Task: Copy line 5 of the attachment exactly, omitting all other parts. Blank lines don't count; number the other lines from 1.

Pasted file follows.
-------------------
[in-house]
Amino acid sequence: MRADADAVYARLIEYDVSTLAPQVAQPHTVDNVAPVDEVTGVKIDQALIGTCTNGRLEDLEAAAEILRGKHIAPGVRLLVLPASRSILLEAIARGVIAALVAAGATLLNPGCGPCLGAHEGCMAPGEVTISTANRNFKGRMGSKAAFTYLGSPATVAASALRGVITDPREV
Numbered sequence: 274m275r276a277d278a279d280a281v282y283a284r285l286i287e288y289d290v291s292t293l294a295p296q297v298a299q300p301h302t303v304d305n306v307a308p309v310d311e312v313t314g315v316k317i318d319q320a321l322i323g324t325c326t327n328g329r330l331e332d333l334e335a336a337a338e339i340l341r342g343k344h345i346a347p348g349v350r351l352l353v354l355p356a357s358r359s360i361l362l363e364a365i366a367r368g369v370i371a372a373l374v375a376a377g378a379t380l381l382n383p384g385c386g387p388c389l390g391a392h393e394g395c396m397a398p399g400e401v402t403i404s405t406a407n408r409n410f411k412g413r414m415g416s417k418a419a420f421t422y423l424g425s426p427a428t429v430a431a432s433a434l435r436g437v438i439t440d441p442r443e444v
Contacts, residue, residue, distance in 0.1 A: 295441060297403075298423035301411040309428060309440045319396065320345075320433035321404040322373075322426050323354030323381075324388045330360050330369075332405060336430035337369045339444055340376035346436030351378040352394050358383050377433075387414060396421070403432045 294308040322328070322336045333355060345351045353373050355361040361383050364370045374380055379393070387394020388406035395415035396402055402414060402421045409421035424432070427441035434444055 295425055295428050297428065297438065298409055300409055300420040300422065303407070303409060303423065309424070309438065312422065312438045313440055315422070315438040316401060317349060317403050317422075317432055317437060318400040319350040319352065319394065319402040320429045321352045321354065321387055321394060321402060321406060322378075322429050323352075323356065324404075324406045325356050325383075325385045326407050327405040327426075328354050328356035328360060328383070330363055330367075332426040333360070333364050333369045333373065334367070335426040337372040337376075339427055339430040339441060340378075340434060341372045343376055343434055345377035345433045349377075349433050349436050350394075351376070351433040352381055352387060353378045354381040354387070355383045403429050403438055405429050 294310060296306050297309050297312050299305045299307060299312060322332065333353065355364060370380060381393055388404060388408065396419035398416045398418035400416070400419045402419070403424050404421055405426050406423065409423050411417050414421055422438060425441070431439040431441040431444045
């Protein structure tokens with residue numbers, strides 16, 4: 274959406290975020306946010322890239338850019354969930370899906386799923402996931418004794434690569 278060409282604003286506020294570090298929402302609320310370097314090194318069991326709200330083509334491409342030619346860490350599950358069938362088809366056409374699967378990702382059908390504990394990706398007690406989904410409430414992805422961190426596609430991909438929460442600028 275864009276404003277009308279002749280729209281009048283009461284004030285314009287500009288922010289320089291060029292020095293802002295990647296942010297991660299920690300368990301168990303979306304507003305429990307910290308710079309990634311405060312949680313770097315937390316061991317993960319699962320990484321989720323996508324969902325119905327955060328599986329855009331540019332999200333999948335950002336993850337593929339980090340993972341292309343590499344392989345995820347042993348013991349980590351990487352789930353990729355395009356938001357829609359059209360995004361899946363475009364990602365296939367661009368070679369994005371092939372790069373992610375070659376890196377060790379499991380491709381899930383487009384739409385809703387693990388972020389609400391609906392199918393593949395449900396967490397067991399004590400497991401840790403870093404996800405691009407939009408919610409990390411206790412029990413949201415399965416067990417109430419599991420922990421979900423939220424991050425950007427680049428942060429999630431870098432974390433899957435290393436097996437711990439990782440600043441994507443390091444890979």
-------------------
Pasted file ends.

């Protein structure tokens with residue numbers, strides 16, 4: 274959406290975020306946010322890239338850019354969930370899906386799923402996931418004794434690569 278060409282604003286506020294570090298929402302609320310370097314090194318069991326709200330083509334491409342030619346860490350599950358069938362088809366056409374699967378990702382059908390504990394990706398007690406989904410409430414992805422961190426596609430991909438929460442600028 275864009276404003277009308279002749280729209281009048283009461284004030285314009287500009288922010289320089291060029292020095293802002295990647296942010297991660299920690300368990301168990303979306304507003305429990307910290308710079309990634311405060312949680313770097315937390316061991317993960319699962320990484321989720323996508324969902325119905327955060328599986329855009331540019332999200333999948335950002336993850337593929339980090340993972341292309343590499344392989345995820347042993348013991349980590351990487352789930353990729355395009356938001357829609359059209360995004361899946363475009364990602365296939367661009368070679369994005371092939372790069373992610375070659376890196377060790379499991380491709381899930383487009384739409385809703387693990388972020389609400391609906392199918393593949395449900396967490397067991399004590400497991401840790403870093404996800405691009407939009408919610409990390411206790412029990413949201415399965416067990417109430419599991420922990421979900423939220424991050425950007427680049428942060429999630431870098432974390433899957435290393436097996437711990439990782440600043441994507443390091444890979």